On a road trip to McClelland’s Beach, Iowa, I made a sudden left at Oakland, Nebraska. The turn was enough of a surprise to leave Gregg grabbing at the hand grip above his door.
In my defense, Gregg did say he wanted to stretch his legs, and personally, I think serendipity was at work.
We turned again at a little park, and there in the middle of farm country, which rarely wastes space on horses, we found a woman, two horses, a dog, a trail-riding saddle, and a pack saddle. The little group was on a grazing break from their ride, which started in Austin, Texas. You read that right, Austin, Texas, 913 miles away.
Meet Bernice Ende, lady long rider.
To be technical about it, Bernice started in Montana, many years ago. This is her fourth loop around the country with her horses and dog, Claire.
A classical ballet teacher who also rides, Bernice came to a turning point in 2005, and decided if not now, when? She saddled up and headed out, leaving everything behind. Well, OK, except for the website dedicated to her efforts, www.endeofthetrail.com.
Bernice is not alone in this kind of quest. Check out the Long Riders’ Guild, www.thelongridersguild.com, a group of “equestrian explorers”.
Putting in 20 or so miles a day, you do get a chance to see the country in a way you’ll never experience by car. “I take as many back roads as I possibly can, a lot of power line roads, railroad-track roads, forest service roads,” says Bernice.
Claire, and Essie Pearl, the Norwegian Fjord pack horse, have been with Bernice for 15,000 miles. Don't worry about Claire’s poor little dog pads. Claire did most of those 15,000 miles riding in a box on top of Essie Pearl’s pack.
Bernice pays special attention to the horses’ feet, too. They are shod with cleats that give them special traction and make their shoes last a long time. When the horses need a trim, Bernice pulls the shoes and resets them herself.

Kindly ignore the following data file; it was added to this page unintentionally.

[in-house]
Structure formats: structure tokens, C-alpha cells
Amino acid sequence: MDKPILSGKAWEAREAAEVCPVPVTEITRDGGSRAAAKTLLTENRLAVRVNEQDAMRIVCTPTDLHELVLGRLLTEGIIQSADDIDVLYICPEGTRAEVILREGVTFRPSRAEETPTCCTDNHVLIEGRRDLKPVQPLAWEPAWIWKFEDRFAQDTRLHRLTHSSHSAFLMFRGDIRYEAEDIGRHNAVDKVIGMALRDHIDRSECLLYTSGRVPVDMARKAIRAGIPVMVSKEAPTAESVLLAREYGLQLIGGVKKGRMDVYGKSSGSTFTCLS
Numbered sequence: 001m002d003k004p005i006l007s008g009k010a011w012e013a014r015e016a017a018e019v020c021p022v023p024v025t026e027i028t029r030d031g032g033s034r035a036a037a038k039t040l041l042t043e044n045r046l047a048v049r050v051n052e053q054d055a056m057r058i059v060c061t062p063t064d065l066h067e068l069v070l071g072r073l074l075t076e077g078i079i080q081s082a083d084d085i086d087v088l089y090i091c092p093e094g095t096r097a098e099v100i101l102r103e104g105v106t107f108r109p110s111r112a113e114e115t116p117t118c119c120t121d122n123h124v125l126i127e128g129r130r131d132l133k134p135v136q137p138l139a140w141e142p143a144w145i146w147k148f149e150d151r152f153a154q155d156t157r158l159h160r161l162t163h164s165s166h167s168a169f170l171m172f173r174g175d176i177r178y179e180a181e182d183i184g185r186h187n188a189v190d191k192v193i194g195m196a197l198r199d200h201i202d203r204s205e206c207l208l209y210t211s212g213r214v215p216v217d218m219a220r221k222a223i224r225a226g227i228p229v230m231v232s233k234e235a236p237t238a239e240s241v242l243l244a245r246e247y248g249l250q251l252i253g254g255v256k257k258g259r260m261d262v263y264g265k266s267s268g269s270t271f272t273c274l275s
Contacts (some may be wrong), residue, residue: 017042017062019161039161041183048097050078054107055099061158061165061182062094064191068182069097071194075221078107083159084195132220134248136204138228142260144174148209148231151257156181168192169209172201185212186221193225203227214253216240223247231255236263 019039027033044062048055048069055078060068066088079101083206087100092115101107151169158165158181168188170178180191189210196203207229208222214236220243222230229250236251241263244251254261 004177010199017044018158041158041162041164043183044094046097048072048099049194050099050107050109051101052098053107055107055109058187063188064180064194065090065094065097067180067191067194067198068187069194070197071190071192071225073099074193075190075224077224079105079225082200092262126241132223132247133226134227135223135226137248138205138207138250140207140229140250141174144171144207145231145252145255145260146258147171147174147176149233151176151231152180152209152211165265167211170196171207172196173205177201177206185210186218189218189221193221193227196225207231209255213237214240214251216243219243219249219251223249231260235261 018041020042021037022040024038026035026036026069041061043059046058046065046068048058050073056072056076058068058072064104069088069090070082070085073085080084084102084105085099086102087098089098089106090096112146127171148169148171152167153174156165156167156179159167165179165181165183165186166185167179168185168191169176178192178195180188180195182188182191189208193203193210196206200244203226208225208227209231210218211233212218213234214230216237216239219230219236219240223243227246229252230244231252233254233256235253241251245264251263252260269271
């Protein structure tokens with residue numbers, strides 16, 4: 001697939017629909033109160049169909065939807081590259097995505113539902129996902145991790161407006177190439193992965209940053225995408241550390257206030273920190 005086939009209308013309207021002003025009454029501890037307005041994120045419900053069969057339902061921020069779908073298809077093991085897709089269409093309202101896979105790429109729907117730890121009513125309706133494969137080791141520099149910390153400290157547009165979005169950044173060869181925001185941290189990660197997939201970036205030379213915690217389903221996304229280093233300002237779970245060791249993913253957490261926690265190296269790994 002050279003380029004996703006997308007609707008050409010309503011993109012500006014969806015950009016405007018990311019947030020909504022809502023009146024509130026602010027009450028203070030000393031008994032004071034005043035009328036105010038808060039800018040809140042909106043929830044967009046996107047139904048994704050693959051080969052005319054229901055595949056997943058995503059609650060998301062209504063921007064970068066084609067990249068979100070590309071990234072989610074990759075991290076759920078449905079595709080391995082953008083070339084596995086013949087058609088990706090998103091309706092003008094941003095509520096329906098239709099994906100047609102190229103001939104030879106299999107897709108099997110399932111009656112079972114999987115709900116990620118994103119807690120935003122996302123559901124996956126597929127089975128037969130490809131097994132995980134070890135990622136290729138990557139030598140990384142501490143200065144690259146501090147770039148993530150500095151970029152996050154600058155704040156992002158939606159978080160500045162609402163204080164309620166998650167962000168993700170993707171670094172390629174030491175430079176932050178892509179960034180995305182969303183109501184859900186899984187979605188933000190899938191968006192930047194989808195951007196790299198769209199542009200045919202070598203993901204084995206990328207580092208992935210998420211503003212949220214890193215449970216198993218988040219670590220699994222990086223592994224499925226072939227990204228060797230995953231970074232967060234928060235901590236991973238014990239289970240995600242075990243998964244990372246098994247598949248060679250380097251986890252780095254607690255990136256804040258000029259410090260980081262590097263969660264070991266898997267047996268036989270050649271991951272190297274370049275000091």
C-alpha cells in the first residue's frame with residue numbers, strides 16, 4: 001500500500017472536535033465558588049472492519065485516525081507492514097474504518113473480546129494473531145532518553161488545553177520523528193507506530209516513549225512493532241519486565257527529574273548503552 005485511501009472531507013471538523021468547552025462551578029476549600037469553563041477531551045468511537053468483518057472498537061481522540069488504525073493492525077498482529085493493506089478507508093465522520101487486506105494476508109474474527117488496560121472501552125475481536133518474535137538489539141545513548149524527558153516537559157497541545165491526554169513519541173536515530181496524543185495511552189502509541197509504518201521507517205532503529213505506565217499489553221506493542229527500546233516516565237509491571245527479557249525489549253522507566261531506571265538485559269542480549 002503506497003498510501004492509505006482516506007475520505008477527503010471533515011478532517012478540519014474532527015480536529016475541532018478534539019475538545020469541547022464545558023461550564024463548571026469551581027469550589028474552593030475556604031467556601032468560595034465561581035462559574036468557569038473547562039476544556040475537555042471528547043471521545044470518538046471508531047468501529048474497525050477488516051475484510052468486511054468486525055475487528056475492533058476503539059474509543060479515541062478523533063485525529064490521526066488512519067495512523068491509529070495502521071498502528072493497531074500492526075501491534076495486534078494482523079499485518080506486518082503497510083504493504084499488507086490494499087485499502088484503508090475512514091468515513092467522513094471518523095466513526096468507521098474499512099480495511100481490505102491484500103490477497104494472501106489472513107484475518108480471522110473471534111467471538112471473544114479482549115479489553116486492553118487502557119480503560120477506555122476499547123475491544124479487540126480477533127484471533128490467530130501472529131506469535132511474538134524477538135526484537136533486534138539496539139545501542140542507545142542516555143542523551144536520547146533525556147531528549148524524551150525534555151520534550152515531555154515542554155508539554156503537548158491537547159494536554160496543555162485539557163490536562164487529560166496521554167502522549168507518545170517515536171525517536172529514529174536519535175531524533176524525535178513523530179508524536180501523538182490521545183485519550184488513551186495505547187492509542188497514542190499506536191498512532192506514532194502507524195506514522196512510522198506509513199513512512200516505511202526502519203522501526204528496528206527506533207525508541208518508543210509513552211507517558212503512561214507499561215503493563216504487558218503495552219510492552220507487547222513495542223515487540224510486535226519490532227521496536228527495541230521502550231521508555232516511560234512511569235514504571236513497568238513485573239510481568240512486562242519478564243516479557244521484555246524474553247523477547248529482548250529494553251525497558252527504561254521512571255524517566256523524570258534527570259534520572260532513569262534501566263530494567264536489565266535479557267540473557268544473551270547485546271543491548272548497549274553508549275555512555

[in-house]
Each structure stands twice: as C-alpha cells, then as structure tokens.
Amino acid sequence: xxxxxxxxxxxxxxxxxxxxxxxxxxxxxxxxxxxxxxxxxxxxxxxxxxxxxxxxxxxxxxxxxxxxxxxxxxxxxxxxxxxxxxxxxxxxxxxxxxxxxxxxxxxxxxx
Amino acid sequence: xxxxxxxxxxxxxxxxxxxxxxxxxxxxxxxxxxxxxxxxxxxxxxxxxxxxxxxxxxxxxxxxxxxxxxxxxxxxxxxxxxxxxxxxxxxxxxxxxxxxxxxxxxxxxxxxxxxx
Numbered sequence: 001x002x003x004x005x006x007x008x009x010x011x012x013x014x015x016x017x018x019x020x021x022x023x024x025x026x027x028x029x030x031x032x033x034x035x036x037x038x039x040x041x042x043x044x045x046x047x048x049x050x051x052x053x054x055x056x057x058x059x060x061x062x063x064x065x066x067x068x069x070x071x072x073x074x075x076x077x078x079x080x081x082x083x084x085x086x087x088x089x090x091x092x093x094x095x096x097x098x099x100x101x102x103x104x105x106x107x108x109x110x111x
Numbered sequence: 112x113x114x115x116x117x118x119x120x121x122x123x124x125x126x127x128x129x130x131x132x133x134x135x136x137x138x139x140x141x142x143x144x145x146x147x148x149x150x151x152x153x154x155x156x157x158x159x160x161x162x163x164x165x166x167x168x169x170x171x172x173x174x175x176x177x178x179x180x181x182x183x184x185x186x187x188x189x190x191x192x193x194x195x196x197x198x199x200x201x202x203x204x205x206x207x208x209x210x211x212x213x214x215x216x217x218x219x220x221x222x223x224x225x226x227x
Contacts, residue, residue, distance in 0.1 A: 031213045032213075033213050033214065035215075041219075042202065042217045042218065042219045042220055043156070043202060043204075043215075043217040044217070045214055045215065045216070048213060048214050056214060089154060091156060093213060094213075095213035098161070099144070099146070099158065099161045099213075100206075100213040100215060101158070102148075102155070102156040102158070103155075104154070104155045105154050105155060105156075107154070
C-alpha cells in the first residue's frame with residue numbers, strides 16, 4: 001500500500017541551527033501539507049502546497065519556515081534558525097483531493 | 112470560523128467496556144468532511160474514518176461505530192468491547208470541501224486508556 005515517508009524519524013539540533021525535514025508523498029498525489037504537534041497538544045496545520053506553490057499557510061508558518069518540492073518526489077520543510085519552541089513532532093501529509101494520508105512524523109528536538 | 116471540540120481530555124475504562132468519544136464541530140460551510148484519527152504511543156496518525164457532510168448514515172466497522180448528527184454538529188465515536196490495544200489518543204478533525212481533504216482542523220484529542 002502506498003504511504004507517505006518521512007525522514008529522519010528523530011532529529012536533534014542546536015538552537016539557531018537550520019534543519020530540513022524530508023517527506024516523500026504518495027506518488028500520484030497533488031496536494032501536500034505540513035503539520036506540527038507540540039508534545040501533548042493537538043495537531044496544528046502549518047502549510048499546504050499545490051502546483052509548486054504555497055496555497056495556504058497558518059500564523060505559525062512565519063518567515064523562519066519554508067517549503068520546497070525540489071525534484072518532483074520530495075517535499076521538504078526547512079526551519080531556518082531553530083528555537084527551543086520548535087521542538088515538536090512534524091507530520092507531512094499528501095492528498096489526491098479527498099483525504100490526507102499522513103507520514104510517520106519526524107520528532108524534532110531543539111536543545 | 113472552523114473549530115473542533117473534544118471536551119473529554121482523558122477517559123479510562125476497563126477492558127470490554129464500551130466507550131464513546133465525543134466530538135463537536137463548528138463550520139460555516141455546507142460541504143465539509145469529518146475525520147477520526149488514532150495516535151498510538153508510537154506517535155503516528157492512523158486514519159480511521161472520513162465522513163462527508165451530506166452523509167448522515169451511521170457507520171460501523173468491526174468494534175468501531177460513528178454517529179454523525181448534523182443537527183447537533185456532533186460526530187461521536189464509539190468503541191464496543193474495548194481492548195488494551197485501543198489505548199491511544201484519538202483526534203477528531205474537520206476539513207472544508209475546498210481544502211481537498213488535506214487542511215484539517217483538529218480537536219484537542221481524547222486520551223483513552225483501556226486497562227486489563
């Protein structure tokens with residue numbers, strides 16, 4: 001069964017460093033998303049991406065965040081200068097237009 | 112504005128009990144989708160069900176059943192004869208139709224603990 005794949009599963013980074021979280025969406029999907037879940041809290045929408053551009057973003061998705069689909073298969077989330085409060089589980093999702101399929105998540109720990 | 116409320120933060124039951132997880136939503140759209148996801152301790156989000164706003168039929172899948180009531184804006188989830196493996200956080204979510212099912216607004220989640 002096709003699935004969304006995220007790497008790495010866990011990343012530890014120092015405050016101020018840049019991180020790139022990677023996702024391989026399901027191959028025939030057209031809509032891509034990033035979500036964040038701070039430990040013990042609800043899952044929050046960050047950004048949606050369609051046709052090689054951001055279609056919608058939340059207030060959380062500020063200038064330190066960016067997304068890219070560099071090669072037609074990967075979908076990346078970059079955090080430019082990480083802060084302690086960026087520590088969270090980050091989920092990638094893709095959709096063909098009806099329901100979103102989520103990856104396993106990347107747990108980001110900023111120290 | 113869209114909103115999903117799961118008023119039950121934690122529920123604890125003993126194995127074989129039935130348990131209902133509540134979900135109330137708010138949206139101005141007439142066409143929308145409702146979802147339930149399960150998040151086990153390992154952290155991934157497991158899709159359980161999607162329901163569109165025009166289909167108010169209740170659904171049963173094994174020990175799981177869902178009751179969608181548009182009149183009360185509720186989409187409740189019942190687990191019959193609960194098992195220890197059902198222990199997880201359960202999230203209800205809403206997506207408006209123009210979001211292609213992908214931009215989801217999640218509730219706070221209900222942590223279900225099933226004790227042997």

Bugs are the worst problem, and Bernice fights back with custom-cut bed sheets, customized fly masks, as well as garlic juice and Bag Balm “lathered all over their legs”. Personally, Bernice allows herself the luxury of the Tucker saddle, provided by the company, which she says has done a great job.
The Ende team suffered a heart-rending setback several months ago in Austin when penned together, Essie Pearl kicked Bernice’s veteran mount, a Thoroughbred mare, and broke the horse’s leg. The Thoroughbred had to be put down. Well-wishers stepped forward to offer Bernice many mounts, and she picked Hart, the big Paint. Hart is green, but says Bernice, “by the time I get back to Montana, Hart’ll be broke.”
Riding tens of thousands of miles requires hands-on horsemanship skills, and Bernice credits 4-H with teaching her the important stuff.
“4-H is not just an organization. It is an American tradition. It takes the study of something and makes it applicable,” said Bernice. “It was instrumental in giving me the wherewithal to know how to do this.”
Bernice is in it for the long ride, and the lessons from the road. If she ever wrote a book (“I’ll get around to that some day.”), it would be about the “lessons of devotion and lessons of respect”, she learned through the special bond with her horses. “Respect yourself, and they will respect you,” says Bernice. “They’ll only trust you as much as you can trust yourself.”
The horses will occasionally lie down next to Bernice. Once, the Thoroughbred mare protected her from two hostile dogs. “She put her ears up and her head down, and just circled around me,” said Bernice.
Bernice dedicates all her rides to her mother, Cornelia Ende, who taught her daughter, “Live your life to inspire others, and you too shall be inspired.”"L
The people Bernice meets prove the truth of her mother’s words. “I just meet really good, kind people,” says Bernice. “If there’s a message in all this, it’s the goodness in our country. It’s an absolute miracle.”
If she happens to be in your town, Bernice does talks for pass-the-hat donations. You can check her website, mentioned above, for updates, or contact her at email@example.com.
(Special thanks to Gregg Doster, who took the photos for this story.)
(Karin Livingston is a career 4-H horse leader. Winning Bet is available at Amazon, Barnes & Noble online, IndieBound.org stores, on the Kindle/iPad (use the Kindle store), and to librarians and retailers through the Ingram Book Group.)